The Solway Junction Railway (SJR) was constructed in the late 1860s, from the Abbey junction in Cumberland to the Kirtlebridge junction in Dumfriesshire, crossing the Solway Firth by a viaduct from Bowness to Annan.
The section which interests us is the stretch of track from Whitrigg on the River Wampool to Bowness on the coast of the Firth: part of Section 3 of the SJR, this was built across the raised mire, or Moss, of Bowness Common. The SJR made no sense without the Viaduct, so the story of Bowness Common and the SJR is also the story of the Viaduct.
Raised mires, or lowland raised bogs, are special habitats with a unique geological history. Their deep peat deposits have been extracted for fuel and horticultural purposes by hand-cutting, and by ‘milling’ on industrial scales. Only about 5% of the UK’s raised mires are left untouched, as pristine bog.
When the SJR was being built, ditches were cut across Bowness Common to drain the peat in an attempt to provide a firm substratum for the ‘permanent way’. As will become obvious in the story, this caused considerable damage to the Moss, which continued for nearly 70 years, until the SJR was dismantled – and even after that.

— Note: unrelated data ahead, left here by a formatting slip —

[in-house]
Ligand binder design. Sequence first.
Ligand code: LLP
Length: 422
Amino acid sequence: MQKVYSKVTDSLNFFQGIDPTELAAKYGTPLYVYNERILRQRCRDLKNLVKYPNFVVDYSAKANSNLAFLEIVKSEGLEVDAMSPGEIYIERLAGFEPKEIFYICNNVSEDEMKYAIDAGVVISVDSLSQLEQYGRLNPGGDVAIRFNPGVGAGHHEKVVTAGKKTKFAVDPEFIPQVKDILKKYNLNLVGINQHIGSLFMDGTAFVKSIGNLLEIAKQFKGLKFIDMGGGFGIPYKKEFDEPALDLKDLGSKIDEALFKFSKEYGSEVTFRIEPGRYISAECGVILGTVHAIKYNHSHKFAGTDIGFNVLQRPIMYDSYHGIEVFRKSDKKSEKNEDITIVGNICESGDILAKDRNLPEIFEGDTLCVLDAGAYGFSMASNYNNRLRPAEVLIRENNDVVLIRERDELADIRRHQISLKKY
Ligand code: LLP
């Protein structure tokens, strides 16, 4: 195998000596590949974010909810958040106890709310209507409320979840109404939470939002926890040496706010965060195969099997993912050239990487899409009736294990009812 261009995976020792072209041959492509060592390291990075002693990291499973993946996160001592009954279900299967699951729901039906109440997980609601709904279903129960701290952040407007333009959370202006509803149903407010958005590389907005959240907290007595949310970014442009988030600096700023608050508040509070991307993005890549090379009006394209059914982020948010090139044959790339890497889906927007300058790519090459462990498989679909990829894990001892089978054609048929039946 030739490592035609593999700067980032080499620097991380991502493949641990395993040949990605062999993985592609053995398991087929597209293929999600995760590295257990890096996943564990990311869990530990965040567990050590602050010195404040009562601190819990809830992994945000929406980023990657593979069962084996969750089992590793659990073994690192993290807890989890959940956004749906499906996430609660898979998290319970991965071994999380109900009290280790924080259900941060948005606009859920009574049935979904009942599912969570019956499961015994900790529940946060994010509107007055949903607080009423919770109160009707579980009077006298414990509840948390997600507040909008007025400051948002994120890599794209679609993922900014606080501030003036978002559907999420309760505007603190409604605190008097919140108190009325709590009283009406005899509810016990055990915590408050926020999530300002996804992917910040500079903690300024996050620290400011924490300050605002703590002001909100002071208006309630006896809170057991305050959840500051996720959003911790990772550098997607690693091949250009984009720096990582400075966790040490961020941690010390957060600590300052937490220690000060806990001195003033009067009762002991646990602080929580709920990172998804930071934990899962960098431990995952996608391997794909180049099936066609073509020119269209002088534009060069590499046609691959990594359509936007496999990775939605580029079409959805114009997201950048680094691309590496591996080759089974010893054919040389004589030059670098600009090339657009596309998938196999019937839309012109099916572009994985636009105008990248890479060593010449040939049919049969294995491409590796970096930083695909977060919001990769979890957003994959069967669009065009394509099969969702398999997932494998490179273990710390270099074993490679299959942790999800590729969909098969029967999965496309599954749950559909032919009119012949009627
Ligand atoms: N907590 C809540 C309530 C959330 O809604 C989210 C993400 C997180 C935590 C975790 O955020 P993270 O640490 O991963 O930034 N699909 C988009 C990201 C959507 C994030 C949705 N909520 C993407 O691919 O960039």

Towards the end of the 20th century, the importance of the Solway’s raised mires as special and disappearing habitats was recognised , and they became protected by law. More recently still, and faced with anthropogenic climate change, we have begun to understand the importance of intact peatbogs in ‘locking up’ carbon.
Since then, work continues to re-wet the damaged mires, to help Sphagnum mosses to re-colonise, and eventually to form peat.
This story, then, of the changing fortunes of the mire, is what inspired James Smith and me to look at the past, the present, and the future, of the effects of the SJR on Bowness Common.
‘Moss’ or ‘Common’? During the building of the SJR, and on some maps and documents of that time, it is referred to as Bowness Moss. On other maps its name – by which it is known now – is Bowness Common. We have used ‘Moss’ in preference (unless writing about present-day work) because the word gives a clear image of the challenges to be met on such a wet and boggy place.